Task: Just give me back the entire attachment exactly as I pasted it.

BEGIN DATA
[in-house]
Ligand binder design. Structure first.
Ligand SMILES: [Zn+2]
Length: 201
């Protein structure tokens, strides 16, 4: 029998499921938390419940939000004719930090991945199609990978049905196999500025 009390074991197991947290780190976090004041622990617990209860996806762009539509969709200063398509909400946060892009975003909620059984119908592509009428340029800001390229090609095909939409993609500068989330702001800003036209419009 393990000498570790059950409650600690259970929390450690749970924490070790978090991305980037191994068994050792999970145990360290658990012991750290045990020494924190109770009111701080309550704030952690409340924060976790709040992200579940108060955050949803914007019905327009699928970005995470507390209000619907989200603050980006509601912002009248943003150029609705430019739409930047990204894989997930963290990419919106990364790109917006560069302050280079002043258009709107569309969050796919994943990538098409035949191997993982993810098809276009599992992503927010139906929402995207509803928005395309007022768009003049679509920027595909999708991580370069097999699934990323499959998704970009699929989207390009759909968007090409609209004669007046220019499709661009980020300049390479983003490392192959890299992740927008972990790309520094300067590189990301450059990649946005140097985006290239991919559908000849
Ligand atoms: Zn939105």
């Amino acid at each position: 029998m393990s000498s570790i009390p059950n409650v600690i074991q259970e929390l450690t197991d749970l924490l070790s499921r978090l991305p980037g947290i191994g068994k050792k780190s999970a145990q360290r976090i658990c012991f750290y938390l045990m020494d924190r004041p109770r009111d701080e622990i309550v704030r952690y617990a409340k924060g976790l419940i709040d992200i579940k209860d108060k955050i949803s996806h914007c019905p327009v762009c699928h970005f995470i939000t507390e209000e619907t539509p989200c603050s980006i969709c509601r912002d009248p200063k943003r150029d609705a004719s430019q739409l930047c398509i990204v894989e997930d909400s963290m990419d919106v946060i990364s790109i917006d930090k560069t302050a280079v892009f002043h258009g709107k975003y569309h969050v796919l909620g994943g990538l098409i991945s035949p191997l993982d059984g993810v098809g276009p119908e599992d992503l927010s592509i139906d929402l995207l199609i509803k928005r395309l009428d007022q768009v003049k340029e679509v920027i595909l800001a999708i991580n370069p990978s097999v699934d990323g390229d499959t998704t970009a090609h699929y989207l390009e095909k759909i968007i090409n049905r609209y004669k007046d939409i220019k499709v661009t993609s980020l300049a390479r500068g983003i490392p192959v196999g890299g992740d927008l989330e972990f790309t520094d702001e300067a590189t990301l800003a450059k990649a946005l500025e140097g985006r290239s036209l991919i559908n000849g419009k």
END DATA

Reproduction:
[in-house]
Ligand binder design. Structure first.
Ligand SMILES: [Zn+2]
Length: 201
């Protein structure tokens, strides 16, 4: 029998499921938390419940939000004719930090991945199609990978049905196999500025 009390074991197991947290780190976090004041622990617990209860996806762009539509969709200063398509909400946060892009975003909620059984119908592509009428340029800001390229090609095909939409993609500068989330702001800003036209419009 393990000498570790059950409650600690259970929390450690749970924490070790978090991305980037191994068994050792999970145990360290658990012991750290045990020494924190109770009111701080309550704030952690409340924060976790709040992200579940108060955050949803914007019905327009699928970005995470507390209000619907989200603050980006509601912002009248943003150029609705430019739409930047990204894989997930963290990419919106990364790109917006560069302050280079002043258009709107569309969050796919994943990538098409035949191997993982993810098809276009599992992503927010139906929402995207509803928005395309007022768009003049679509920027595909999708991580370069097999699934990323499959998704970009699929989207390009759909968007090409609209004669007046220019499709661009980020300049390479983003490392192959890299992740927008972990790309520094300067590189990301450059990649946005140097985006290239991919559908000849
Ligand atoms: Zn939105």
């Amino acid at each position: 029998m393990s000498s570790i009390p059950n409650v600690i074991q259970e929390l450690t197991d749970l924490l070790s499921r978090l991305p980037g947290i191994g068994k050792k780190s999970a145990q360290r976090i658990c012991f750290y938390l045990m020494d924190r004041p109770r009111d701080e622990i309550v704030r952690y617990a409340k924060g976790l419940i709040d992200i579940k209860d108060k955050i949803s996806h914007c019905p327009v762009c699928h970005f995470i939000t507390e209000e619907t539509p989200c603050s980006i969709c509601r912002d009248p200063k943003r150029d609705a004719s430019q739409l930047c398509i990204v894989e997930d909400s963290m990419d919106v946060i990364s790109i917006d930090k560069t302050a280079v892009f002043h258009g709107k975003y569309h969050v796919l909620g994943g990538l098409i991945s035949p191997l993982d059984g993810v098809g276009p119908e599992d992503l927010s592509i139906d929402l995207l199609i509803k928005r395309l009428d007022q768009v003049k340029e679509v920027i595909l800001a999708i991580n370069p990978s097999v699934d990323g390229d499959t998704t970009a090609h699929y989207l390009e095909k759909i968007i090409n049905r609209y004669k007046d939409i220019k499709v661009t993609s980020l300049a390479r500068g983003i490392p192959v196999g890299g992740d927008l989330e972990f790309t520094d702001e300067a590189t990301l800003a450059k990649a946005l500025e140097g985006r290239s036209l991919i559908n000849g419009k």